Taoiseach offers olive branch to unionists over Irish Government Brexit statements

Speaking on Capitol Hill in Washington, Mr Varadkar offered an olive branch to unionists by saying he understood the concerns of the community over statements made by the Irish Government during Brexit talks.

The Taoiseach also revealed his Government is willing to table proposals aimed at resolving the more than year-long impasse on restoring the Northern Ireland Assembly. Before Christmas, the Taoiseach clashed with Democratic Unionist Party (DUP) leader Arlene Foster over Brexit.

At the Good Friday Agreement 20th Anniversary event, Mr Varakdar said Ulster-Scot Protestants are an “integral, respected and valued” part of the history of the island of Ireland.

“I would like to speak to the representatives of unionism here tonight and to unionists at home in Northern Ireland,” he said.

“I know that you are concerned – perhaps worried – maybe even angry, at recent political developments.

“I recognise that recent statements and actions by Irish nationalists, including the Irish Government, about Brexit have been seen as unwelcome or intrusive.

“If that is the case, I want to make it clear that it certainly was not our intention,” he added.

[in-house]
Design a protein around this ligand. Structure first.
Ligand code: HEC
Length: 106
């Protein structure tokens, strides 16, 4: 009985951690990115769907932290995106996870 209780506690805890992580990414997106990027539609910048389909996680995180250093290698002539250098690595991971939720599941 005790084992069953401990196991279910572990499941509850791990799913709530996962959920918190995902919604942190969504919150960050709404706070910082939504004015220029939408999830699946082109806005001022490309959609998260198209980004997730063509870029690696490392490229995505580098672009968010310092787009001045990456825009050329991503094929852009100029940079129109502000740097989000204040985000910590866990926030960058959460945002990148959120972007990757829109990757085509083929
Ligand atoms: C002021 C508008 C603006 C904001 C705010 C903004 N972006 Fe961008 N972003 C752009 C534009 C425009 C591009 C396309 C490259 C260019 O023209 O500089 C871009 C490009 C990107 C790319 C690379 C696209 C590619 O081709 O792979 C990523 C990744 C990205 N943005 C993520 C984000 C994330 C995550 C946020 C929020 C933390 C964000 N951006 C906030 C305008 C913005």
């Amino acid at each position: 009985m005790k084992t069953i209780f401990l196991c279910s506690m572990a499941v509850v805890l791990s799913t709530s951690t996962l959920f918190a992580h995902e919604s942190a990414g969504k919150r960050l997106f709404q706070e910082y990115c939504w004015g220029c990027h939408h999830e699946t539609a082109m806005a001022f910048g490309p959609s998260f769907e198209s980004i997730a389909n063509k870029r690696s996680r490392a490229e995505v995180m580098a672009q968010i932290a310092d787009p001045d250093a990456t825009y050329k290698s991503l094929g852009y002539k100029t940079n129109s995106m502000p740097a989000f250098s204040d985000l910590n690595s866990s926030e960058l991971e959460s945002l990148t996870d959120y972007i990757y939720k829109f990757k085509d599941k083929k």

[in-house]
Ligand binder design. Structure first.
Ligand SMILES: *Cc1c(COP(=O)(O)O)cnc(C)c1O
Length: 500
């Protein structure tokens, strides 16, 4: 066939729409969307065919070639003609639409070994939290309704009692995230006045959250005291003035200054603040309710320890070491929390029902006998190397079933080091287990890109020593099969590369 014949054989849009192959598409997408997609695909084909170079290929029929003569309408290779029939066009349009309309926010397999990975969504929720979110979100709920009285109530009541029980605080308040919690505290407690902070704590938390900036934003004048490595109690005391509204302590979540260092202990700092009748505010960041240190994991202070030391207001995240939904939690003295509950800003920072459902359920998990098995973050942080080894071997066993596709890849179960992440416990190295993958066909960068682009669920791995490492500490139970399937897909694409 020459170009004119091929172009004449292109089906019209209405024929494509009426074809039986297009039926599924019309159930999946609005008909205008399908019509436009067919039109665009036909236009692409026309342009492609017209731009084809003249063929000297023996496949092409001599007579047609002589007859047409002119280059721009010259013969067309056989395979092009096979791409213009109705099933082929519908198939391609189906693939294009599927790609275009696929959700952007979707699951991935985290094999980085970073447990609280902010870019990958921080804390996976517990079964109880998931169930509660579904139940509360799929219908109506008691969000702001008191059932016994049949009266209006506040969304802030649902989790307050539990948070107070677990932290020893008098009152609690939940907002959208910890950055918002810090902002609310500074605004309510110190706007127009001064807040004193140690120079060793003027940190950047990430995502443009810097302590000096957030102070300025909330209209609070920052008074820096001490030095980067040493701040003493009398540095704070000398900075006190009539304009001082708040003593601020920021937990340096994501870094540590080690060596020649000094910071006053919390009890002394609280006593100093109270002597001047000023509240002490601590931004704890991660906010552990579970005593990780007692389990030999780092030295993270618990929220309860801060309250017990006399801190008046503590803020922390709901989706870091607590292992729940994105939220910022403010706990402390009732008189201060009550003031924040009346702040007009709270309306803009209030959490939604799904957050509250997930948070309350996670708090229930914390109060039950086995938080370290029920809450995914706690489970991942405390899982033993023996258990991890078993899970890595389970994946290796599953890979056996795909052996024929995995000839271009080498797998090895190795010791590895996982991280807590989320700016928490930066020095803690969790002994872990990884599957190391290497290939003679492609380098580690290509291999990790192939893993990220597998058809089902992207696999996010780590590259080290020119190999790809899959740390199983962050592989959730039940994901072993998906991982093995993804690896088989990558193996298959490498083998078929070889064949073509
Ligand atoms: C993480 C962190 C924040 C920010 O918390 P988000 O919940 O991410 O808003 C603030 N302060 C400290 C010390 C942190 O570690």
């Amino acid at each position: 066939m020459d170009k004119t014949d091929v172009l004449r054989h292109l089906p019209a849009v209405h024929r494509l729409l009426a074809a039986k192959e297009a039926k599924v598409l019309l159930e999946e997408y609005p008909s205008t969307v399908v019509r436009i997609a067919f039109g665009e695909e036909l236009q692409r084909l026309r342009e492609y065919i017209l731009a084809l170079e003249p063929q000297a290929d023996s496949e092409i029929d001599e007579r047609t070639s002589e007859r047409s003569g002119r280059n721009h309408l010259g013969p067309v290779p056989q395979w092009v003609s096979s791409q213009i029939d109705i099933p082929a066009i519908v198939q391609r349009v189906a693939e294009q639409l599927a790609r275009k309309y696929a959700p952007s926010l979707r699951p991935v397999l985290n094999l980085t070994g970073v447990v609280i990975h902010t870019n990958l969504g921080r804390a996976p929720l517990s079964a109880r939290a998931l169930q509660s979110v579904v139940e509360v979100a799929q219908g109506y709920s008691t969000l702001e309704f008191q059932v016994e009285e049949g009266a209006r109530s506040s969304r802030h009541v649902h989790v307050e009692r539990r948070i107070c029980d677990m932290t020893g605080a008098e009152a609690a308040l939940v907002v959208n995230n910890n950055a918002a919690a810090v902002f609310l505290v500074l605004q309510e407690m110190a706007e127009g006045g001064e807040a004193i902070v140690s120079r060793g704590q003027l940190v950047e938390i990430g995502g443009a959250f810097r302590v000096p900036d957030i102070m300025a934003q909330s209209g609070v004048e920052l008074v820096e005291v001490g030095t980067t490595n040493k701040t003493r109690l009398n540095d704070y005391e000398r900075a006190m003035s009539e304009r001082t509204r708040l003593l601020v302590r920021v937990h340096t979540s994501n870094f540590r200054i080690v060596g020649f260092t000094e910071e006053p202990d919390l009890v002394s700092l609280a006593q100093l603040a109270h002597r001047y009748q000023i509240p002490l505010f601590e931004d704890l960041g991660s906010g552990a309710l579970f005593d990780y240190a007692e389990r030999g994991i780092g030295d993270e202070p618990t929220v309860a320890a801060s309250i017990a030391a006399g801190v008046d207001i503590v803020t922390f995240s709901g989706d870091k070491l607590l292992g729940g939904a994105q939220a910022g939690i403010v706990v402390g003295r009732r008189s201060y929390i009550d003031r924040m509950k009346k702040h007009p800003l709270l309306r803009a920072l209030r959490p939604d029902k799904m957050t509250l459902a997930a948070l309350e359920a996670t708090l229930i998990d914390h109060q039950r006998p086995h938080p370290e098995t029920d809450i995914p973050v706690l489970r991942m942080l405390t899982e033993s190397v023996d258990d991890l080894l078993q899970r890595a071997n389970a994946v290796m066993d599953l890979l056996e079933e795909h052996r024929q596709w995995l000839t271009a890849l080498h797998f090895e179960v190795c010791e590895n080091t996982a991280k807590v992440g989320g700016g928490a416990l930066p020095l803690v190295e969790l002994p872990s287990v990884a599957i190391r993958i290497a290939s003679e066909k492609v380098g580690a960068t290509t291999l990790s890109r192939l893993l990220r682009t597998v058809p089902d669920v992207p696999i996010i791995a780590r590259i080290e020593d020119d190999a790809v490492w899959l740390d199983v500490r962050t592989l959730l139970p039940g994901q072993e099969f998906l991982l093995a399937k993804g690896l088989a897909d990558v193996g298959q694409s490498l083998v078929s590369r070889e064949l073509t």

The Taoiseach said his only objective is ensuring the principles of the Good Friday Agreement are protected.

He said Governments in London and Dublin should redouble their efforts in the coming months to restore the Northern Ireland institutions. He said this could include proposals from both administrations.

“I believe the period after Easter should see a redoubled effort on the part of both Governments and all of the parties in Northern Ireland to seek agreement on the restoration of the institutions,” he said

“It is my view that this will require very close co-operation and leadership from the British and Irish Governments.

“It may be that again the Governments will have to table our own proposals to help the parties break the deadlock.

“That is how we made progress in the past,” he added.

Also at the event former US President Bill Clinton has said the signing of the Good Friday Agreement was one of the happiest days of his political career.

Mr Clinton was speaking via a video message at the event in Washington D.C.

He said the anniversary should inspire political leaders to recommit to the spirit of the agreement which ended years of violence in Northern Ireland.

The Democrat politician said none of the issues at the centre of the political deadlock in the North are an excuse for not strengthening the peace deal.

Other speakers at the event included Former US Special Envoy to Northern Ireland George Mitchell, Taoiseach Leo Varadkar, Former Sinn Fein leader Gerry Adams, SDLP leader Colum Eastwood, former UUP leader Mike Nesbitt and US senators Peter King and Richie Neale.


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